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The US government says you shouldn’t be forced to use special characters in your passwords

Customers use computers at an internet cafe in Taiyuan, Shanxi province March 10, 2010.
A new standard.
  • David Yanofsky
By David Yanofsky

Editor of code, visuals, and data

Published This article is more than 2 years old.

It might be getting easier to remember all of your passwords. The standards organization of the United States, NIST, has concluded that many common requirements for passwords, like forcing you to use special characters, are misguided.

Instead, NIST recommends the use of lengthy passwords, and instructs administrators to allow passwords to run at least 64 characters long. It also says people should only be forced to change their passwords if there is evidence of tampering, rather than at an arbitrary interval.

The newly finalized guidelines attempt to balance the limits of human memory with proper digital security. A password with special characters may be hard to remember but easy for a computer to guess. On the other hand, a long and simple password is easy for a human to remember and actually very difficult for a computer to guess.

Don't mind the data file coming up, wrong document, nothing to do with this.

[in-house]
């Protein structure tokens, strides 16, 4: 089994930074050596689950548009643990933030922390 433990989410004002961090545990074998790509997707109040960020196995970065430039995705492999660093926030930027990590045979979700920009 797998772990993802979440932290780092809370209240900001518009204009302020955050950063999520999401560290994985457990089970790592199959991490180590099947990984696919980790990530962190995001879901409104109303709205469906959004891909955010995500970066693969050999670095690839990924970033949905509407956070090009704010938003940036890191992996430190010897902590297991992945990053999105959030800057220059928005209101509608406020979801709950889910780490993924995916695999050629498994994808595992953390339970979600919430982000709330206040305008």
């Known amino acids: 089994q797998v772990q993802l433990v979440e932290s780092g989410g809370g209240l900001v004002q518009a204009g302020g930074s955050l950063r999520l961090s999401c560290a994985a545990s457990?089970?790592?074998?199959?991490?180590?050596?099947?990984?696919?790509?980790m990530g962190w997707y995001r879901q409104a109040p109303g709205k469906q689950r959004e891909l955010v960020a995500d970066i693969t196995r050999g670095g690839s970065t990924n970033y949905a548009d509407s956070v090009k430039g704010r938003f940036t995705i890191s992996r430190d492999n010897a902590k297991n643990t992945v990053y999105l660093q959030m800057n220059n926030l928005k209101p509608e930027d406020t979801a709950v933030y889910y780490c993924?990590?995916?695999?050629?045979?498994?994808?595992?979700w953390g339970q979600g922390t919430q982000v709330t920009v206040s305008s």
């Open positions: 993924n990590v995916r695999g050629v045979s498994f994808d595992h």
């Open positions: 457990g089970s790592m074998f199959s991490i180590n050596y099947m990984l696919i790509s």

The manual also cites human behavior as undercutting the efficacy of complexity rules:

For example, a user that might have chosen “password” as their password would be relatively likely to choose “Password1” if required to include an uppercase letter and a number, or “Password1!” if a symbol is also required.

It points out that as password complexity rules are added, it’s more likely that people will start writing down their passwords, increasing the chance of being stolen.

Rather than having a complex password be the linchpin of an account’s security, the guidelines say that administrators should take actions that make accounts more secure than special characters ever could—for instance, preventing the use of common passwords and those that have been previously exposed in breaches, and creating a waiting period between incorrect login attempts.

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